Internships at home and abroad have always been popular ways of building career skills. The ongoing pandemic curtailed travel and in-person office work around the world, however, making it difficult for young people to obtain the experience gained through internships. Virtual internships – at home or abroad – are providing university students and new graduates with the work experience they need to make career decisions.
In 2020, when it was too difficult to conduct internships in person, companies that could began offering them virtually. If much of the general workforce was virtual, it made sense to allow interns the same opportunity to work from their homes or schools.
Today, virtual internships are still a sought-after option for young people looking for professional international experiences. Since COVID-19 boosted the popularity of online programs, the number of service providers offering these opportunities has increased, and both students and facilitators are enjoying the huge potential of online experiences. It opens the door to experiences in places and at companies some would never have in person. Companies like it because they have a wider pool of interns from which to choose. It’s proved a win-win.
Also, international internships, when conducted virtually, allow you to gain valuable on-the-job experience and navigate across cultures without the often-high cost of in-person internships abroad.
Good management and communication are the keys to a successful virtual internship. Having reliable technology that you understand is also a must.
Early in 2020, many students studying abroad were sent home, amid some confusion and not a little panic as border closures loomed. It was a fraught time. But, today, students are beginning to venture out again. It is a slow start, but some universities have started accepting foreign students onto their campuses, while many more have plans to do so in the coming semesters.
There are, of course, more protocols and cautions than in the past, as universities do their best to keep students safe while providing them with the international programs and adventures to which they aspire. Most universities explain in detail what students can expect during their study abroad amid COVID-19, and as The University of Kansas website explained, “Studying abroad during COVID-19 will be different!” The academic experience may be a hybrid of in-person and online classes, while student housing may require fewer students a room or apartment to allow for some social distancing. Expectations when traveling independently or participating in excursions and activities may need to be adjusted to allot for abrupt changes or cancellations. There may be the need to quarantine or border closures again if the virus flairs.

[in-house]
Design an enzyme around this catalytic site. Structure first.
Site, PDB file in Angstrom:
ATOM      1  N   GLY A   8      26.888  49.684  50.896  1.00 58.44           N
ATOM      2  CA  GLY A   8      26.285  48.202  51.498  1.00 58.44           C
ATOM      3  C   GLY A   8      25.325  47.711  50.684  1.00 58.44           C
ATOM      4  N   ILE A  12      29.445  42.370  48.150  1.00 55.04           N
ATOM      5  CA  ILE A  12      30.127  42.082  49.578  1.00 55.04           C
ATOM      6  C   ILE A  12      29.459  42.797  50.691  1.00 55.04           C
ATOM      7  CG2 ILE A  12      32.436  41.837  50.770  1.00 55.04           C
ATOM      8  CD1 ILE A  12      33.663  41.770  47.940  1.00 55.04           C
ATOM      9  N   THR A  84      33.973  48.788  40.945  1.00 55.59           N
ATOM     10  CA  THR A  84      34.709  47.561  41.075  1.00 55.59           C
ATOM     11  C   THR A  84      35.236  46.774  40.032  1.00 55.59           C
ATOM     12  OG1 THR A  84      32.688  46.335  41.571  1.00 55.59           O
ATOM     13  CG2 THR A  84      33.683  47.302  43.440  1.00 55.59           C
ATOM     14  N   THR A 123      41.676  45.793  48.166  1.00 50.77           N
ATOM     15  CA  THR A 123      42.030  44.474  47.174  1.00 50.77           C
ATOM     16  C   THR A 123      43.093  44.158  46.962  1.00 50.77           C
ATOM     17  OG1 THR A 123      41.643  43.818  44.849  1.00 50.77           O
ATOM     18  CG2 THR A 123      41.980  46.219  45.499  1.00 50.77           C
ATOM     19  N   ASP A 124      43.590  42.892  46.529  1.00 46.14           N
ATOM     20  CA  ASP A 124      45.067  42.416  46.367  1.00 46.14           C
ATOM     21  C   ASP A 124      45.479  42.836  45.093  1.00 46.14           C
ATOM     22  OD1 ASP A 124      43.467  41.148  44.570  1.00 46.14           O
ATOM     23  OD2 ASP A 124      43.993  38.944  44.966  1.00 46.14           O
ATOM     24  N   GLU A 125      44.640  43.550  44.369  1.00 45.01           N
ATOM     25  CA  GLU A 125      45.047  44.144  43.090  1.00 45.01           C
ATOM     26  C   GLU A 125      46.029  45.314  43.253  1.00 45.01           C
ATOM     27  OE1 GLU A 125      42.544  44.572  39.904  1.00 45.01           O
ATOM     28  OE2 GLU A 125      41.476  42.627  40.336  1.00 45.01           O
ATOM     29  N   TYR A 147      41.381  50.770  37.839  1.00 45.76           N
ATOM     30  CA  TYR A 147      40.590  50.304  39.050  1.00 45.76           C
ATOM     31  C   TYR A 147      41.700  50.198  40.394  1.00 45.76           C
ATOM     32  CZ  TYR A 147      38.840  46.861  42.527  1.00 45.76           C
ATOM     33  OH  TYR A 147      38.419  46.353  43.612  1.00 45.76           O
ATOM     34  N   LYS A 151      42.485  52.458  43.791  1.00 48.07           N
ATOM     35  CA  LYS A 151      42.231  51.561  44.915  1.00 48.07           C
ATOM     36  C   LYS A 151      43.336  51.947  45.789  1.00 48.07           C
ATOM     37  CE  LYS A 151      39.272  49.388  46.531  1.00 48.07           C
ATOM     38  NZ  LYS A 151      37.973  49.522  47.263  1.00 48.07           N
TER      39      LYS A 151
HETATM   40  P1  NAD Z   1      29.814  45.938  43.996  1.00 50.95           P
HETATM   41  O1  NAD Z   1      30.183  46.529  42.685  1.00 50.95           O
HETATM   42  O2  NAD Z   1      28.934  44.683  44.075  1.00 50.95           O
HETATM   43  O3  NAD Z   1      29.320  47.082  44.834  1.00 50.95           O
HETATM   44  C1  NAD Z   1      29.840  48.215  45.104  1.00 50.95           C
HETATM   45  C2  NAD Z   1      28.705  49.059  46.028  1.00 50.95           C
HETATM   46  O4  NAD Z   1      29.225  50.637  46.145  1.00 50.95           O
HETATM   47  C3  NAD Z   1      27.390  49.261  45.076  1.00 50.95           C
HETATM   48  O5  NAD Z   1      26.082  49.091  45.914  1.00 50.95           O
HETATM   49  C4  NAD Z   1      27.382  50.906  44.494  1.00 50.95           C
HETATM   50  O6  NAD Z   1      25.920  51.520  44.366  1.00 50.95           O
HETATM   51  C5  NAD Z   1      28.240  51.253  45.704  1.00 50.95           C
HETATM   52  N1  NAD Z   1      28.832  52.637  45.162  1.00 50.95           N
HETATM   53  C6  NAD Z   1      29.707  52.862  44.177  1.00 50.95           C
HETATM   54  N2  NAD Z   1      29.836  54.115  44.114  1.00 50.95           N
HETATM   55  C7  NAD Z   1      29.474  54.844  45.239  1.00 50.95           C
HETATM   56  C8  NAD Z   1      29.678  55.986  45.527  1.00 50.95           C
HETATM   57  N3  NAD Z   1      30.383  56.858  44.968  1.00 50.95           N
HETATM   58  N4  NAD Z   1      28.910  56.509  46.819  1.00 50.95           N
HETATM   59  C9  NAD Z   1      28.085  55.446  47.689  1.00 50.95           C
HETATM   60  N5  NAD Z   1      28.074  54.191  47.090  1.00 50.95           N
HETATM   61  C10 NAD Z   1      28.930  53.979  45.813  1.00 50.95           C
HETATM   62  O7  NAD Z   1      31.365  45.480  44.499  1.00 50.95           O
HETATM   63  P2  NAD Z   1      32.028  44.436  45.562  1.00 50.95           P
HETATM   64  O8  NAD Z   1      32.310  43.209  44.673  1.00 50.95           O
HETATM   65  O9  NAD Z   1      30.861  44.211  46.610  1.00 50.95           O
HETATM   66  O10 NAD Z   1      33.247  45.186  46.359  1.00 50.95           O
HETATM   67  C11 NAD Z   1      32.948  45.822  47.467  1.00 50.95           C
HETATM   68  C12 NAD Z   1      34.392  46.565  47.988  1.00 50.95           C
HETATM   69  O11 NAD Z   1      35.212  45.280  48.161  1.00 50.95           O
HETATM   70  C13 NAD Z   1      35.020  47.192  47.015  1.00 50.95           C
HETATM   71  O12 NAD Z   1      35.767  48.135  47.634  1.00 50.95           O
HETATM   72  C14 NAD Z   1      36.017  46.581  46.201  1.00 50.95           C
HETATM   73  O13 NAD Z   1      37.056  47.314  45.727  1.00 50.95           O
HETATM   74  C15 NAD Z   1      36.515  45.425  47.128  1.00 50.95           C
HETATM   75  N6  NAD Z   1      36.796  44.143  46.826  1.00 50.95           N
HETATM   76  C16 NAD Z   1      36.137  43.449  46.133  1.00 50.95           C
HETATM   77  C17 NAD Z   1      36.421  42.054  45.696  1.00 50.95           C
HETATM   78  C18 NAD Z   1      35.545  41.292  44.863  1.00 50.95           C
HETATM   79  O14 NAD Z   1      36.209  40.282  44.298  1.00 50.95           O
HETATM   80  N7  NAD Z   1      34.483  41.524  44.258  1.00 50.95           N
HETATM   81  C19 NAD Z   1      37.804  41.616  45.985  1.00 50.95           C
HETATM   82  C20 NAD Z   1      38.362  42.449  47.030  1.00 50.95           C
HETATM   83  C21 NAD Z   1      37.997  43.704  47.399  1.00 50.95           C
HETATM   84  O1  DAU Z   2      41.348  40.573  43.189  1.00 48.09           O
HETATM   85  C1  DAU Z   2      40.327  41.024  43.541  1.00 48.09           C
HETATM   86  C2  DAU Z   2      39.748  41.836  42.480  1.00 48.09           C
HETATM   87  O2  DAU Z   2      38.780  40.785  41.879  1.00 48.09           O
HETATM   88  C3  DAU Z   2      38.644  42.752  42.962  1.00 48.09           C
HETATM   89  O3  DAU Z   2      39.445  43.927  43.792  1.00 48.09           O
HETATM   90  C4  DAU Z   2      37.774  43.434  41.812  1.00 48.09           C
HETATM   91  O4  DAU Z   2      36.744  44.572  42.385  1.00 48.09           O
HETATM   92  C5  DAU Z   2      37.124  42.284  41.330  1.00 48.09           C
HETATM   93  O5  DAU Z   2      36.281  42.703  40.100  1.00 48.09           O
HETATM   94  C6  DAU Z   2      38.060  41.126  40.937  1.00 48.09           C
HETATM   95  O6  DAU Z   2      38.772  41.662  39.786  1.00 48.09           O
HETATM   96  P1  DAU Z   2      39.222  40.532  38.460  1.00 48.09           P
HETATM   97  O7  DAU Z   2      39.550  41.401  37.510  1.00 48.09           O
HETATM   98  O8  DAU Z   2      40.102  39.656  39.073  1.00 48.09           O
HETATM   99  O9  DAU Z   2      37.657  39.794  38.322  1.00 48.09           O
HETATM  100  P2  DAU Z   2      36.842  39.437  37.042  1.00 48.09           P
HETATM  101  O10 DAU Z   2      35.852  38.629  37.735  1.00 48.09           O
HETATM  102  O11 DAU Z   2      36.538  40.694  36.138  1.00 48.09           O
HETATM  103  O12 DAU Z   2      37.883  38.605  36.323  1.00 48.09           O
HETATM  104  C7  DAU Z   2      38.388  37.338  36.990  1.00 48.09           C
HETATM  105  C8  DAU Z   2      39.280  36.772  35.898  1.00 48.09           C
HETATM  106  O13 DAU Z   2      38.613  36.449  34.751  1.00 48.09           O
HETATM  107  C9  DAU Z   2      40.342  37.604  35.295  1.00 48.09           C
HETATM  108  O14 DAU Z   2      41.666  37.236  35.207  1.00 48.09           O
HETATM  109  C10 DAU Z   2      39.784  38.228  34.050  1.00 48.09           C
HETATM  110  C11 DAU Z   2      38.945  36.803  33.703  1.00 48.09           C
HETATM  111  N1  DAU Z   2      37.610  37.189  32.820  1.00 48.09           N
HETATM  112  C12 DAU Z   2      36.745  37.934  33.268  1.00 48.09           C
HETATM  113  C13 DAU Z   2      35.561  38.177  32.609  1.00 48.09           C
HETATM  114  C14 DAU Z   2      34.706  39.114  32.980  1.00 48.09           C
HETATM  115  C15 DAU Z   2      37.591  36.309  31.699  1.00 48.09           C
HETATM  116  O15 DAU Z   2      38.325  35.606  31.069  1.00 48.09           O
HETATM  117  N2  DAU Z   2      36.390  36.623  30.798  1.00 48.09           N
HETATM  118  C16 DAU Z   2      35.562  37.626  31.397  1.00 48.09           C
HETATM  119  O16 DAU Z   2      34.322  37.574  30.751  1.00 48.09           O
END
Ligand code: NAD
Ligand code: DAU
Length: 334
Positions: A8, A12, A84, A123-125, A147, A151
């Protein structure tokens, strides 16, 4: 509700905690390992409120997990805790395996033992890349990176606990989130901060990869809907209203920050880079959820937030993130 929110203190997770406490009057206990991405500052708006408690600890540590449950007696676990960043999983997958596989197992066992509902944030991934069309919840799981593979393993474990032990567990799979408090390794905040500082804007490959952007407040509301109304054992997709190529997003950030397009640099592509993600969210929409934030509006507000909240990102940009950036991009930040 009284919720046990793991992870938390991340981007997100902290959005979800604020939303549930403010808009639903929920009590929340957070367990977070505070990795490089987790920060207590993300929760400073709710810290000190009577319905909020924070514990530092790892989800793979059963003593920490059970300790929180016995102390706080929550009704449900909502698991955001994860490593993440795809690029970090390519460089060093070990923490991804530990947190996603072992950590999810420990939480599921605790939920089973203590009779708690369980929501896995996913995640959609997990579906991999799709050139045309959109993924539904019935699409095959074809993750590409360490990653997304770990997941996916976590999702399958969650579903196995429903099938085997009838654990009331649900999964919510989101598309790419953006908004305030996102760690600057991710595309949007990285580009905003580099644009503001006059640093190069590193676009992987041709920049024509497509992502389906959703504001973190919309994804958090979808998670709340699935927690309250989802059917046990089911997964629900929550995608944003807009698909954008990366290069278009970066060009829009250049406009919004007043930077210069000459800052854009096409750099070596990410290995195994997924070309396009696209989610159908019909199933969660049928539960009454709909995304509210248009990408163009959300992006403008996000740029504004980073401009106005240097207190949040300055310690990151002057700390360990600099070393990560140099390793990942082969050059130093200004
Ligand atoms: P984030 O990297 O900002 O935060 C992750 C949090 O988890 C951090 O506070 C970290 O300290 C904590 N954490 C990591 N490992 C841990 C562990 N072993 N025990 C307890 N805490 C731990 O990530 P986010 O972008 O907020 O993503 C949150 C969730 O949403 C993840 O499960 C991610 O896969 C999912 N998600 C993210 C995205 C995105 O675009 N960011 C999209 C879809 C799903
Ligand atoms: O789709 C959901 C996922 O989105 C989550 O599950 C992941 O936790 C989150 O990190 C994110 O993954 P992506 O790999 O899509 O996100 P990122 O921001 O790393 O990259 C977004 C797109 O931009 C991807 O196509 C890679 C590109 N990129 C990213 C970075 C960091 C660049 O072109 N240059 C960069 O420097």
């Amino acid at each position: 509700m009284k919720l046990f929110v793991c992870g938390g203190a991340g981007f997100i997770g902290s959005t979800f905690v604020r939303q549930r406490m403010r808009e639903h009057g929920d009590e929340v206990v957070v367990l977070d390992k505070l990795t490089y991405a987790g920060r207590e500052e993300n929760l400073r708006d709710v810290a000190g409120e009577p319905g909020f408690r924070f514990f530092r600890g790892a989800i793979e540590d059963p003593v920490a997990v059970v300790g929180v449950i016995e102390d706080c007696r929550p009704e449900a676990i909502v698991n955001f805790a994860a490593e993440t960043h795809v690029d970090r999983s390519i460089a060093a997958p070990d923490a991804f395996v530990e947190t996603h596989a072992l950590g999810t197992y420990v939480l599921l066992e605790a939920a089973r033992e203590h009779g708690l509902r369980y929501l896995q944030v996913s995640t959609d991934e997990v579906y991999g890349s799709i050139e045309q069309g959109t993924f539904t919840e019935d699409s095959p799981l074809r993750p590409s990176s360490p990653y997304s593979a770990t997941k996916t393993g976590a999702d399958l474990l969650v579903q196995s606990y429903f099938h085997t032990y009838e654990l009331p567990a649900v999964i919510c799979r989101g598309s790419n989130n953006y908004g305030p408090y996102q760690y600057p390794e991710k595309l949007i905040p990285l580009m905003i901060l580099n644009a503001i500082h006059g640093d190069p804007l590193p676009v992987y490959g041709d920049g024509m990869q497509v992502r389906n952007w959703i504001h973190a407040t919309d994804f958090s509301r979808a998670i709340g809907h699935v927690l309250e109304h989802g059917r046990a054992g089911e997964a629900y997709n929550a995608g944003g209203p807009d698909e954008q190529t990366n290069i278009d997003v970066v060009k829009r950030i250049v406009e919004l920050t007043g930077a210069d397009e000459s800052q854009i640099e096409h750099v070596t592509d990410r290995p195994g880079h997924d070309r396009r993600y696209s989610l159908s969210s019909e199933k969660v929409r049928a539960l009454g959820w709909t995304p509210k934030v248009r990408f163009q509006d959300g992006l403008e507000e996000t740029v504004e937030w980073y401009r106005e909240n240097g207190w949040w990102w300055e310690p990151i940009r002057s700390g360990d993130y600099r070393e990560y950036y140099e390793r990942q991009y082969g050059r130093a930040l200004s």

While there are unknowns to studying abroad at this time, it is certain that students want to travel and experience other cultures, as they always have, and universities are working with them to make that happen. If students are flexible and adhere to the protocols set out for them, they are likely to have the experience of a lifetime.
Though the pandemic has certainly changed the way we work and navigate professionally and as students, the experiences we want and need have not changed. To achieve them, we have just adapted to the times we are living in. Through such things as remote work, virtual internships and new study abroad protocols, we have charted a “new normal” for ourselves and those around us.
Big thanks to Mary Anne Thompson, founder and president at GoinGlobal, Inc. and GoinGlobal team for writing this article. We hope all of our students interested in studying or working abroad, find this blog useful. Please be reminded that there are many resources available to you as a Westminster student, including free access to GoinGlobal.